He initiates Wash into a world where a flying machine can carry a man across the sky; where two people, separated by an impossible divide, might begin to see each other as human; and where a boy born in chains can embrace a life of dignity and meaning. But when a man is killed and a bounty is placed on Wash’s head, Titch abandons everything to save him.
What follows is their flight along the eastern coast of America, and, finally, to a remote outpost in the Arctic, where Wash, left on his own, must invent another new life, one which will propel him further across the globe.
Tracker is known far and wide for his skills as a hunter: “He has a nose,” people say. Engaged to track down a mysterious boy who disappeared three years earlier, Tracker breaks his own rule of always working alone when he finds himself part of a group that comes together to search for the boy. The band is a hodgepodge, full of unusual characters with secrets of their own, including a shape-shifting man-animal known as Leopard.
Lunella Lafayette is an inhuman preteen genius who wants to change the world!
That job would be a lot easier if she wasn’t living in mortal fear of her latent Inhuman gene. There’s no telling what she’ll turn into – but Luna’s got a plan. All she needs is an Omni-Wave Projector. Easy, right? That is, until a red-scaled beast is teleported from the prehistoric past to a far-flung future we call…today!
Together they’re the most Marvelous Team-Up of all – the Inhuman Moon Girl and time-tossed Devil Dinosaur! But will they be BFFs forever, or just until DD’s dinner time? And Lunella soon learns that there are other problems with a having a titanic T. Rex as a pet in the modern-day Marvel Universe. School, for one. Monster hunters are another – especially when they’re the Totally Awesome Hulk! Then there’s the fact that everyone’s favorite dino didn’t journey through time alone. Can Lunella handle all this turmoil… and keep herself from transforming into an Inhuman monster?
Bingo Love is a story of a same-sex romance that spans over 60 years. A chance meeting at church bingo in 1963 brings Hazel Johnson and Mari McCray together. Through their formative years, these two women develop feelings for each other and finally profess their love for one another.
Forced apart by their families and society, Hazel and Mari both married young men and had families. Decades later, now in their mid 60’s, Hazel and Mari are reunited again at a bingo hall. Realizing their love for each other is still alive, what these grandmothers do next takes absolute strength and courage.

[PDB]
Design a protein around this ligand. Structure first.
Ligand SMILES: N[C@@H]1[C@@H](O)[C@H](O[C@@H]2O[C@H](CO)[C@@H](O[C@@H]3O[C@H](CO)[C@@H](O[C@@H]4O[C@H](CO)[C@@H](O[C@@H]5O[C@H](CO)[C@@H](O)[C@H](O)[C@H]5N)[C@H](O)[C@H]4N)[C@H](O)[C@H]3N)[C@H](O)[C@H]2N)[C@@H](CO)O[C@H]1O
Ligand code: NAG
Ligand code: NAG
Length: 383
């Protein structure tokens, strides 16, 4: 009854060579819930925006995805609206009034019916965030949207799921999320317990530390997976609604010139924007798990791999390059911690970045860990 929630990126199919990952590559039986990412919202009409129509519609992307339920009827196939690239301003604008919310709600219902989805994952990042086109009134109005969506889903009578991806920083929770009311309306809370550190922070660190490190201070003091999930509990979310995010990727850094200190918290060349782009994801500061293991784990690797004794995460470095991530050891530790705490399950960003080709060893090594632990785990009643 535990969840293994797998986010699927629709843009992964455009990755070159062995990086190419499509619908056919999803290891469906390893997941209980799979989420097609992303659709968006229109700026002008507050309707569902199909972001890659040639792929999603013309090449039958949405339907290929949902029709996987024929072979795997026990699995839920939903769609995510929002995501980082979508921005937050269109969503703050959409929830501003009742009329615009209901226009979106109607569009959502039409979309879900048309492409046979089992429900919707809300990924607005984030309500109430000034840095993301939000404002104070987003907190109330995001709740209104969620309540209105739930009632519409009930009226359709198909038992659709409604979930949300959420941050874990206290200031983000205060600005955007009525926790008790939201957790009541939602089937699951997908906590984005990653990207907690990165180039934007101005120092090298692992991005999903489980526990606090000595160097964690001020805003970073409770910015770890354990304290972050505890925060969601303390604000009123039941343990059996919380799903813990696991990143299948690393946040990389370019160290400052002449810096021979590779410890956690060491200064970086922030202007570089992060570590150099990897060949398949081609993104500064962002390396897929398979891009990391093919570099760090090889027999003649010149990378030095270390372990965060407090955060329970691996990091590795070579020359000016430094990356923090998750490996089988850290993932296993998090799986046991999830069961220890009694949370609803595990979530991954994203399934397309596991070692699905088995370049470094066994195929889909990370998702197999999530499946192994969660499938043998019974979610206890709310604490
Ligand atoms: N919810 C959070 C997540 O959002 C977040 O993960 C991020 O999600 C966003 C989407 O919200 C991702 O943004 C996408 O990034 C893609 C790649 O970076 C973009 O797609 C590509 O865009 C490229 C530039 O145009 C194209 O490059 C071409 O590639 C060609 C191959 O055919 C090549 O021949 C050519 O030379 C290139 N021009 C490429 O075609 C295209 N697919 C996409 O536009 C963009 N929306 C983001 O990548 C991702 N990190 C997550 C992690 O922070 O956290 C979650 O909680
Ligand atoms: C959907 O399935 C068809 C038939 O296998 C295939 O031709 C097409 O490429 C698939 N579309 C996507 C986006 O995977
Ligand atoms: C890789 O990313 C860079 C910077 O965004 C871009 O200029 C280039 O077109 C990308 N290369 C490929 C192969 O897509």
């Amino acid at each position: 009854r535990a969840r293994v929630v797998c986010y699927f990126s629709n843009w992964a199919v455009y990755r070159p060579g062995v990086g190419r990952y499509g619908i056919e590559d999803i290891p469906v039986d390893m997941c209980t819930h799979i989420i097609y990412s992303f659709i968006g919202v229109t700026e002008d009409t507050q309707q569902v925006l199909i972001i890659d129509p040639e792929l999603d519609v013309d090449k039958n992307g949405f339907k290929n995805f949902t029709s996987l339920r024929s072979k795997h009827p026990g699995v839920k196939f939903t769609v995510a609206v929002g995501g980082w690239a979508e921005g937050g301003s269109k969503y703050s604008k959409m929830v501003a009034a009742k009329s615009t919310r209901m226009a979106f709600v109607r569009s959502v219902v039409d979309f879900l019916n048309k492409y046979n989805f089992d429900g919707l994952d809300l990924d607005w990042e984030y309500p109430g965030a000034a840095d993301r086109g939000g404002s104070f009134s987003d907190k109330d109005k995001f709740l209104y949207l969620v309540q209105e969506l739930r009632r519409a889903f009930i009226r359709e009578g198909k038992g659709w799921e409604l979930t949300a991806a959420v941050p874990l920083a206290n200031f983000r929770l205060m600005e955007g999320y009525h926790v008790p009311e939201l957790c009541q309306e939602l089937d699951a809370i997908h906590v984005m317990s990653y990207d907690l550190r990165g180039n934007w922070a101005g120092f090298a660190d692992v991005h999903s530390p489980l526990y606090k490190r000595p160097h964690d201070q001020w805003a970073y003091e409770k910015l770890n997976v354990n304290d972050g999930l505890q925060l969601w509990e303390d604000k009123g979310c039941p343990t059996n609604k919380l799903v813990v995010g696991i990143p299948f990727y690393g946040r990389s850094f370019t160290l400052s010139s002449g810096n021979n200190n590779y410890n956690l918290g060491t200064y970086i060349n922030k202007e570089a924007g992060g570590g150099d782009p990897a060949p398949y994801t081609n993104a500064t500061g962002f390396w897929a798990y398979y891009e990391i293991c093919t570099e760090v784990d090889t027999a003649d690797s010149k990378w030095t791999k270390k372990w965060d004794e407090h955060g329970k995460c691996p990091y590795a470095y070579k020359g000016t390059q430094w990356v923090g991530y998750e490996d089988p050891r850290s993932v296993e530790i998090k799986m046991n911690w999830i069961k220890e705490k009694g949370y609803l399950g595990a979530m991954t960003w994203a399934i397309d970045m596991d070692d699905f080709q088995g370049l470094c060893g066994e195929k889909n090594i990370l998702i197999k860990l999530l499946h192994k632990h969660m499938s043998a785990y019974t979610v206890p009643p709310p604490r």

Black Sands, the Seven Kingdoms is an epic tale about ancient Egyptian mythology. The story follows the young prince Ausar and his kin as he travel the world trying to prove he has what it takes to become Pharaoh. A war breaks out between seven kingdoms and the kids are dragged right into the center of it.
Invulnerability is a pretty useless superpower if you’ve only got a one-hundred pound frame to back it up. That’s what Quinton West’s life became when he went from small guy who got beat up to the small guy who can’t get hurt after the meteor shower dubbed “The Event” gifted him the power of invulnerability but no other powers to compliment it.
But there’s more to Quin than meets the eye, and after some encouragement from his new mentor—a local New Orleans–based superhero named Glow—Quin realizes that he can use his quirky hobby of creating Rube Goldberg devices to outsmart the opposition. But being a hero paints a target on your back, and Quin has to risk it all to join the ranks of the superheroes he looks up to. It’s a good thing he can take a punch.
A new era for the Black Panther starts here! “A Nation Under Our Feet” is a story about dramatic upheaval in Wakanda and the Black Panther’s struggle to do right by his people as their ruler. The indomitable will of Wakanda — the famed African nation known for its vast wealth, advanced technology and warrior traditions — has long been reflected in the will of its monarchs, the Black Panthers. But now the current Black Panther, T’Challa, finds that will tested by a superhuman terrorist group called The People that has sparked a violent uprising among the citizens of Wakanda. T’Challa knows the country must change to survive — the question is, will the Black Panther survive the change?